Everyone is groaning about Dr. Josephine Briggs, the Director of the National Center for Complementary and Alternative Medicine (NCCAM) appearing on the speaker's list at the 25th Anniversary Convention of the American Association of Naturopathic Physicians (AANP) from August 11-15 in Portland, OR.
Dr. Kimball Atwood wrote her a letter.
Dr. David Gorski thinks it would be awesome if Dr. Briggs were to speak science to woo, but isn't getting his hopes up.
I wondered if Dr. Briggs might have once fallen in love with someone into naturopathy, maybe when she lived in Germany where naturopathy has a following. Love can make smart, sane people buy into the most unbelievable bullshit sometimes.
The pro-science bloggers I've chatted with seem generally disappointed in Dr. Briggs for her decision to party with the naturopaths next month.
I remember reading something on homeopathy about ten years ago, explaining that the volume of water needed to dilute one molecule of active ingredient would fill the entire solar system. I laughed out loud. I shared the article with my husband and he laughed out loud.
Before that moment I had only a vague awareness of homeopathy, which I imagined was a collection of olde timey herbal nostrums. I had no idea the basic tenets of "like cures like" was so profoundly idiotic.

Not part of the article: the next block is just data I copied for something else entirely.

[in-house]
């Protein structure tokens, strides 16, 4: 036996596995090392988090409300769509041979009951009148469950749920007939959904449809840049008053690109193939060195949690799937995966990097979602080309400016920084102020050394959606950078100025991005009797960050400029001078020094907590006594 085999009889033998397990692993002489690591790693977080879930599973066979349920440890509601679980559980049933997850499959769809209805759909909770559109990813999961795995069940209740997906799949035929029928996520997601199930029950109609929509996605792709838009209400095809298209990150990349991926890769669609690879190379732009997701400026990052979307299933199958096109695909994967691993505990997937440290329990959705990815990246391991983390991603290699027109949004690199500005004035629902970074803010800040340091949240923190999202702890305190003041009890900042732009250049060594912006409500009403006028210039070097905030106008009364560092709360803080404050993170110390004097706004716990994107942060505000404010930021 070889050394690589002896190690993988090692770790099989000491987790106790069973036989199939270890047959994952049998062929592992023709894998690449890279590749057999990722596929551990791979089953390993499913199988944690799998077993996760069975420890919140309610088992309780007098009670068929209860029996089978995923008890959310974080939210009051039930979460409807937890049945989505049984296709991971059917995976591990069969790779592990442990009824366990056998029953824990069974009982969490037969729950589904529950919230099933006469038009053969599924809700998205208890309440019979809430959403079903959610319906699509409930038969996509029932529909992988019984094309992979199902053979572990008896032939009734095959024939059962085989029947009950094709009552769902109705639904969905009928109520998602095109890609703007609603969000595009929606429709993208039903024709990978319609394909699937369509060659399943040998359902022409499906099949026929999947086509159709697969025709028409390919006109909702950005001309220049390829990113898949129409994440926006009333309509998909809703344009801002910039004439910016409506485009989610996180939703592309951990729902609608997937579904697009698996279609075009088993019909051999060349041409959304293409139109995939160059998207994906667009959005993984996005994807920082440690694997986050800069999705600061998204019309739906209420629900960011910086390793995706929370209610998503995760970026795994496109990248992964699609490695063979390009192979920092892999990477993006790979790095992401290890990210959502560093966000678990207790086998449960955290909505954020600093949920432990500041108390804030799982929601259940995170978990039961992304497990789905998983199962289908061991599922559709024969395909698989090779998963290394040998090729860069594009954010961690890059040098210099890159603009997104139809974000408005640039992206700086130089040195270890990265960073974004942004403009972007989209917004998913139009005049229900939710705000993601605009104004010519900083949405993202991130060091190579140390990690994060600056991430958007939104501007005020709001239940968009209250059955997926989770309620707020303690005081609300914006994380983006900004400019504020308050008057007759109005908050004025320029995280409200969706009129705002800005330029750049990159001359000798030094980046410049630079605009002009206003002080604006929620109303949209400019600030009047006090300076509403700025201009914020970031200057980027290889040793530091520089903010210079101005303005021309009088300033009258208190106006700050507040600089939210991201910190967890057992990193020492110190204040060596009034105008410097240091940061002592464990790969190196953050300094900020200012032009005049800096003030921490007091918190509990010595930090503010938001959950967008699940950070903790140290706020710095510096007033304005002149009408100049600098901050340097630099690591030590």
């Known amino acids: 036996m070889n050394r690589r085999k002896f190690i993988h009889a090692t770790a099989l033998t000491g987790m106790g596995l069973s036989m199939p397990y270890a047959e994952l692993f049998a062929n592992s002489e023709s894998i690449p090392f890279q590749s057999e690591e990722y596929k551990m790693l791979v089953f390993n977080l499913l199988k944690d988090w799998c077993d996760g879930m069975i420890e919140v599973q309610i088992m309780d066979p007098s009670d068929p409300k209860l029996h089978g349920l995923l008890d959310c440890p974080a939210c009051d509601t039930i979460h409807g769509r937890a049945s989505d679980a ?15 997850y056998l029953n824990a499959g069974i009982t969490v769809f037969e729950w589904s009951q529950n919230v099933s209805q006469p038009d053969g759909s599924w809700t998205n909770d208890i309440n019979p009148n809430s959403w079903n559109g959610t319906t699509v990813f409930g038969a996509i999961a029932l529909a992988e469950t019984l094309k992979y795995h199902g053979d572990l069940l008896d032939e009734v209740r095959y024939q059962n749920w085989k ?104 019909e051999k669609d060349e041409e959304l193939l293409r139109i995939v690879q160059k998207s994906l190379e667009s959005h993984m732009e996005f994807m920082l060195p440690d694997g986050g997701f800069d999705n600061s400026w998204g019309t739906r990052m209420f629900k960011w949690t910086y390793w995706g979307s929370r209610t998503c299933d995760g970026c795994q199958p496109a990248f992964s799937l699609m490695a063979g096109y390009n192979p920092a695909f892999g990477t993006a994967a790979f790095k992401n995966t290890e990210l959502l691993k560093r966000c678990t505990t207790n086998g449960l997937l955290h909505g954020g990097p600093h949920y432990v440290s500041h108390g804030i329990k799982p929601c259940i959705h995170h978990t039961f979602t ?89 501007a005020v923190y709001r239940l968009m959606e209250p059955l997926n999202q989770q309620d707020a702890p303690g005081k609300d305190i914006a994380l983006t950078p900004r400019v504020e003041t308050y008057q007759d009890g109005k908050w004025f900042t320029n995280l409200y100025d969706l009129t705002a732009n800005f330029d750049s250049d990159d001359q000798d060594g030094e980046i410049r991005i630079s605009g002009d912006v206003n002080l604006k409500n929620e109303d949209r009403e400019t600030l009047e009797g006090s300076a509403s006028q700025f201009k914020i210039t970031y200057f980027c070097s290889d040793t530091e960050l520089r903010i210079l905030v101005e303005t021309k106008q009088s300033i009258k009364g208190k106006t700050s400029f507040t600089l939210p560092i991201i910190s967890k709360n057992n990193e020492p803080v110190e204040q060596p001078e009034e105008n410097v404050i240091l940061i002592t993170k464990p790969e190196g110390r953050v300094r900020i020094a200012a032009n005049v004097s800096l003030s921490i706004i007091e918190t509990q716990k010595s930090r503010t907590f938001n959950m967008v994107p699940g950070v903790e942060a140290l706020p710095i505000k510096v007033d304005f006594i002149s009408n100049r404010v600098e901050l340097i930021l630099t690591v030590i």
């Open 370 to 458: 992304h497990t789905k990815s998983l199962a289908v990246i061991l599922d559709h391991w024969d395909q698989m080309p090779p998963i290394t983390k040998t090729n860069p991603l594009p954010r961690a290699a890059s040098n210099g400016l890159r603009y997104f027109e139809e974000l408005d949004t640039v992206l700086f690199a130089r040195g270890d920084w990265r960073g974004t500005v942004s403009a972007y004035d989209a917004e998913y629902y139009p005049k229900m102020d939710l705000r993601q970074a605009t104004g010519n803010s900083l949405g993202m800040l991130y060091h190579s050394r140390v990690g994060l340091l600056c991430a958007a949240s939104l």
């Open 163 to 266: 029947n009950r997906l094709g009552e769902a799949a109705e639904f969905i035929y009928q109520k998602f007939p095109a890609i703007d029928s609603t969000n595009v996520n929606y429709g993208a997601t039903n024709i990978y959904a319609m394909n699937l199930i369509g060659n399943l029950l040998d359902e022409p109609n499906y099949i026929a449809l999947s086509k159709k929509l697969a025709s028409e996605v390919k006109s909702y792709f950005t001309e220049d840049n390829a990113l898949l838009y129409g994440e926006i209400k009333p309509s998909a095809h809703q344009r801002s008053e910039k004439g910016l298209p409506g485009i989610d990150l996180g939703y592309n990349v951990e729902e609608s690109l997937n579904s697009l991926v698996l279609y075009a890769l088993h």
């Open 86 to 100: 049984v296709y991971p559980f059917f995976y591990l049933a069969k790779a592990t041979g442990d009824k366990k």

Public awareness of the joke that is homeopathy has been growing in Europe and the US, thanks to skeptics.
Now, in my humble opinion, would be an excellent time to spot a similar light upon the lulzcow known as "naturopathy."
Naturopathy, being a confused set of varied practices, doesn't provide the same neat target as homeopathy. And naturopaths generally talk like sane people about things like diet, exercise, and stress management when faced with an audience of non-believers, so the crazy stuff isn't immediately apparent.
But the crazy is there. And more importantly, the lulz are there also.
Think of homeopathic "provings." The homeopath ingests some non-dilute thing, then waits... and waits... and waits... his attention turned inward upon bodily sensations, feeling states, and mental imagery. After comparing notes with other homeopaths, the substance is deemed a means to cause certain effects or symptoms, and so can be used in dilute form to stop those symptoms.
In short, a "proving" is subjectivity run amok with no awareness of its quirks and frequent misfires.
Same thing with naturopathy. Vis medicatrix naturae is an *inner* guide regarding "wellness" verses "dis-ease." The inner guide determines what is "natural" or "healthy." Facts, not so much.
Watch people on YouTube consulting the Force to correct their "polarity" or to decide which supplements to take. Lulz will ensue.
Once the public see naturopathy for what it is, maybe the US can get back to investing in reality-based medicine.
Topolect writing - This is an interesting question raised by the Writing Chinese project at Leeds. Helen Wang mentioned it to me in the hope that I might be willing to share...
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